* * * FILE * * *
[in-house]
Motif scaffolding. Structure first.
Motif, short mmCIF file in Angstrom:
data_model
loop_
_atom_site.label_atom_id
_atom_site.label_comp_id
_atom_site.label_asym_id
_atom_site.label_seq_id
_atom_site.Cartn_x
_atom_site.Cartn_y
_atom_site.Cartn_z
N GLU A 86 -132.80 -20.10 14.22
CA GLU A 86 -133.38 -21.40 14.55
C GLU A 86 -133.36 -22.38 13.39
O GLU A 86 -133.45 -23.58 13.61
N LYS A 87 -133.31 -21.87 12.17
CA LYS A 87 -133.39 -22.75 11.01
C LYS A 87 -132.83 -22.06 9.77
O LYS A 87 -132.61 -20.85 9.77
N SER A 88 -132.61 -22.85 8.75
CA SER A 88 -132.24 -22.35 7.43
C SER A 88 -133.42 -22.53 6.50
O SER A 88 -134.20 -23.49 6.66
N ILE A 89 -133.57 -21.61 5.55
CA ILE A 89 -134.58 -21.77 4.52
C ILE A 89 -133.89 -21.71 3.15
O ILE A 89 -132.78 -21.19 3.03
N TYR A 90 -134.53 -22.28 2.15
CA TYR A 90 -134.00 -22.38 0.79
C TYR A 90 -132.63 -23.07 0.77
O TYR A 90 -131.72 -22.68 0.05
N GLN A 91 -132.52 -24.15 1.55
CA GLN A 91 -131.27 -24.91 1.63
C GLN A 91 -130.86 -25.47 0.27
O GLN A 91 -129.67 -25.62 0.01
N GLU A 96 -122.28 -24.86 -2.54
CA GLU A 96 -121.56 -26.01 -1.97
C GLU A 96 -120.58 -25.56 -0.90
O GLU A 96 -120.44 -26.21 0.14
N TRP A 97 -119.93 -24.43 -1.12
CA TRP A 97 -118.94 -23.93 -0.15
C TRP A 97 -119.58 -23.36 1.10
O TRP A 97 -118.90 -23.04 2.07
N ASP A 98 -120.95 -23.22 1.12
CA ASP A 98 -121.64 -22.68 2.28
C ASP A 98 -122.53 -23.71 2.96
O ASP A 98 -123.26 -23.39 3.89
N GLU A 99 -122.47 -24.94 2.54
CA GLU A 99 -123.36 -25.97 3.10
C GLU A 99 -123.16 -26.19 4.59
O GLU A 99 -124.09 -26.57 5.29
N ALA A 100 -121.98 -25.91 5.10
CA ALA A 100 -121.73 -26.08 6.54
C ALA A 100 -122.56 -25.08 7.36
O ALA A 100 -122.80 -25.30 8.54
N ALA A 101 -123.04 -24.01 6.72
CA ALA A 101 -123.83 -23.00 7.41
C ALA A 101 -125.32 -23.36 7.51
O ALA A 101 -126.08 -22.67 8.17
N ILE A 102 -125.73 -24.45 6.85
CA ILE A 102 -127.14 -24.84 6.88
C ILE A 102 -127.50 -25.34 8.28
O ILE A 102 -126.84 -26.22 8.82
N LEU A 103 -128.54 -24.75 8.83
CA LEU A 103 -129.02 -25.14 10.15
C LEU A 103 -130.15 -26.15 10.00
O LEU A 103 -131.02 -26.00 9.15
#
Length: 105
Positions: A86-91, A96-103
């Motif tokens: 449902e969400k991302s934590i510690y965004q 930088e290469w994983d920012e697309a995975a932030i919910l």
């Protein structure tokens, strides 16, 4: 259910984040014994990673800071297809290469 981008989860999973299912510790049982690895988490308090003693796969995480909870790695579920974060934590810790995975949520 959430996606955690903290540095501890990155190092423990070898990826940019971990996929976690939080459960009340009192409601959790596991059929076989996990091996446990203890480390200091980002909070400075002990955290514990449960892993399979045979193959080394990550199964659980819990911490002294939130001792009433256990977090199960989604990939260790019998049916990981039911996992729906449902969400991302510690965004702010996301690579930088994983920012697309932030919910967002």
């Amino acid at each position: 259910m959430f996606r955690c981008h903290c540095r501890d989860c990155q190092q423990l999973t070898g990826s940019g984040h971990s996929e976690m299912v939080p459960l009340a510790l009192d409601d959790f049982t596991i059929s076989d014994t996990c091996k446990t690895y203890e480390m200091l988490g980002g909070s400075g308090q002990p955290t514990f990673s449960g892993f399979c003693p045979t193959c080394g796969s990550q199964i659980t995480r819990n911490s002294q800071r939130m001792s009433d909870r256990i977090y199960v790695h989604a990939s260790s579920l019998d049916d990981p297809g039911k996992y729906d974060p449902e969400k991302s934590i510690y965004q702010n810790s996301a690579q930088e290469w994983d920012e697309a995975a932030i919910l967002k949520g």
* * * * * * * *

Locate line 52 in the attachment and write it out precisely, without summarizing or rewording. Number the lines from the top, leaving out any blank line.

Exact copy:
O GLU A 99 -124.09 -26.57 5.29